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"Why, of course," said Lord Earlshope, who
protably did not put such value on a handful of
flowers as did the Whaup ; " and when you wish to
give it her, let me pitch it on the stage, or you will
certainly hit the man at the drum."

" But you must keep them for the young lady of
the burlesque," said Sir Peter; "she is always
better looking than the heroine of the drama, isn't
she? Then you have a greater opportunity of

" Why ?" said Lady Drum, with a look of such
severity as effectually to prevent her husband answer-
ing — instead, he turned away and gaily hummed
something about.

Ecoutez la le^on

Qui vous Mt Henrietta.

But there was another woman in the theatre who
had attracted their attention before Lord Earlshope
had arrived. She was seated in the corner of the
box opposite, and, as a rule, was hidden behind the
curtain, WTien they did get a glimpse of her, her
manner and appearance were so singular as to
attract a good deal of attention. She was of middle
height, stout, with rather a florid face, coal-black
hair, and a wild, uncertain look, which was seldom
fixed on any object for two minutes together. Oddly
enough, she stared over at Coquette, in rather a
peculiar way^ until that young lady studiously kept
her eyes on the stage, and would not glance over to
the occupant of the opposite box.

"Singular-looking woma^, isu't she?" mi Su

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Peter. " Opium, eh ! eh ! Is that opium f -^ ^ ^ -
her eyes so wild ? She drinks, I swear, and 8
with drink, eh ! eh ! What do you say, Cae

" 1 wish you would not talk of that per
Lady Drum, and then the conversation dn

About a quarter of an hour after Lord
had come into the theatre, this woman a
retired from her corner behind the curl
walked forward from th^ back of the box tc
of it, and there stood al full length, lool
with an odd expression of amusement on
at the group in front of Lady Drum's b
movement was noticed by the whole th(
certainly it was observed by Lord Earls
during one second, his eyes seemed to b(
this woman, and then, still looking at h
treated a step or two from the front of the
his face become quite white.

"What is the matter?" said Lady Di
iously — for he had been speaking to h
have become very pale — are you ill ?"

"Lady Drum, I wish to speak with you pr
a moment," he said, quite calmly, but with
constraint of manner that somewhat alarmc

She rose at once and followed him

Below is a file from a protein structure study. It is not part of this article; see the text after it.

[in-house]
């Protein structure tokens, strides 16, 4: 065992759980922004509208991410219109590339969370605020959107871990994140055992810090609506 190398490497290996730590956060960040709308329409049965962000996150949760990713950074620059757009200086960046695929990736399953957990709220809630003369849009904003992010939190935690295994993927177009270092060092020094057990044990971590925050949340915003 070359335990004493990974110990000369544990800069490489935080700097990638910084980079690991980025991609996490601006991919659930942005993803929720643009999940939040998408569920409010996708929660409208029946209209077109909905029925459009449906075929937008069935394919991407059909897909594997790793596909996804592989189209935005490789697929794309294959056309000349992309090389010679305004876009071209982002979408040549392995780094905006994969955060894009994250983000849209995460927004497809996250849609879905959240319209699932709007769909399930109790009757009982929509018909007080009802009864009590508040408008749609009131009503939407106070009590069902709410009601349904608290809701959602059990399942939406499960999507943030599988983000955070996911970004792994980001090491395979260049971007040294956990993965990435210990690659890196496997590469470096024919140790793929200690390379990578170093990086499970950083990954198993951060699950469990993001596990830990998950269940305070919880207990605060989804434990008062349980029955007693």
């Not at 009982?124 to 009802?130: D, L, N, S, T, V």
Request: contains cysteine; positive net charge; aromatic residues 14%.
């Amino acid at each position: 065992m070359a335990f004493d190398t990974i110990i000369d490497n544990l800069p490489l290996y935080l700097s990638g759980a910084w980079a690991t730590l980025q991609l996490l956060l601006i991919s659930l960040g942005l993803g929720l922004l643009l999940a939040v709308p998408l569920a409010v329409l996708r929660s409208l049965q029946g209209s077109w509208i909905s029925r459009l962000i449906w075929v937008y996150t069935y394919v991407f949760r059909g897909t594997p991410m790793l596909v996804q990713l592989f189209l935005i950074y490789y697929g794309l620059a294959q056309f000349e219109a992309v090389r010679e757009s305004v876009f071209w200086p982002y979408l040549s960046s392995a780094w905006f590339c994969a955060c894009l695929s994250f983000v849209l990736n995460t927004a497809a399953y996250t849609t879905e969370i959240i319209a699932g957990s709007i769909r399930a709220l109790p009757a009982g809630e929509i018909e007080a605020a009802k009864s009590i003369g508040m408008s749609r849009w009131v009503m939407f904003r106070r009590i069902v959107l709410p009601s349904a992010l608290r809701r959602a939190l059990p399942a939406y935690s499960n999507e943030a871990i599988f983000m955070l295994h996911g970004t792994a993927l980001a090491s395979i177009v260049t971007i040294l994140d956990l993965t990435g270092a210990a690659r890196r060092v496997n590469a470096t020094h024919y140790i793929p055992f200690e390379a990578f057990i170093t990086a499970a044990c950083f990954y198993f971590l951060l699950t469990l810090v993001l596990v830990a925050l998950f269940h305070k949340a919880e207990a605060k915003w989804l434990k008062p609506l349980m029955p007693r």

corridor outside. There he stood, quite
and yet very pale.

" Would you mind taking Miss Cassilij
once ?" he said.

" Take her home ! Why?"

** I cannot tell you why," he said, with i
of anxiety and impatience. " I cannot tel

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but I wish, Lady Drum, you would. I beg you — ^I
entreat you — to take her away instantly.*'

" But why ?" said the old lady, who was at once
perplexed and alarmed.

" Tou saw that woman opposite," said Lord Earls-
hope, rather abandoning the calmness of his de-
meanour. " She will come round here presently — ^I
know she will— she will go into the box — she will
insult Miss Cassilis — for Hef yen's sake. Lady Drum,
get her out of the way of that woman !"

" Bless me !" said Lady Drum, elevating her eye-
brows, " are we a' to be frightened out o' our wits by
a mad woman, and three men with us? And if
there was no one with us," she added, drawing her-
self up, " I am not afraid of the girl being insulted
if she is under my care. And what for should any
woman, mad as she may be, fasten upon us ? My
certes ! I will see that she does not come near the
girl, or my name is not Margaret Ainslie."

For a moment or two Lord Earlshope stood
irresolute, with mortification and anxiety plainly evi-
dent on his pale features. Then he said, suddenly —

" I must tell you at once, Lady Drum. I have
many a time determined to do so — ^but put it off
until now — when I can be silent no longer. That
woman in the theatre just now, a woman soddened
and mad with brandy — is my wife — at least, she was
my wife some years ago. Goodness knows, I have
no reason to be afraid of her ! but one — it is for the
sake of Miss Cassilis I beg you. Lady Drum — to take
her away — out of her reach — she is a woman of
outrageous passions — ^a scene in a public place will

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have all the excitement of a new sort of drunkenness
for her %

To all these incoherent ejaculations, Lady Drum
only replied —

" Tour wife r

" This is not a time to blame me for anything/'
he said, hurriedly. "I cannot give you any ex-
planations just now. You don't know why I should
have concealed my marriage with this horrible
woman^ — ^but you wHl not blame me when you hear.
All I want is to secure Miss Cassilis's safety."

" That," said Lady Drum, with perfect quiet, " is
secure in my keeping. You need not be afraid,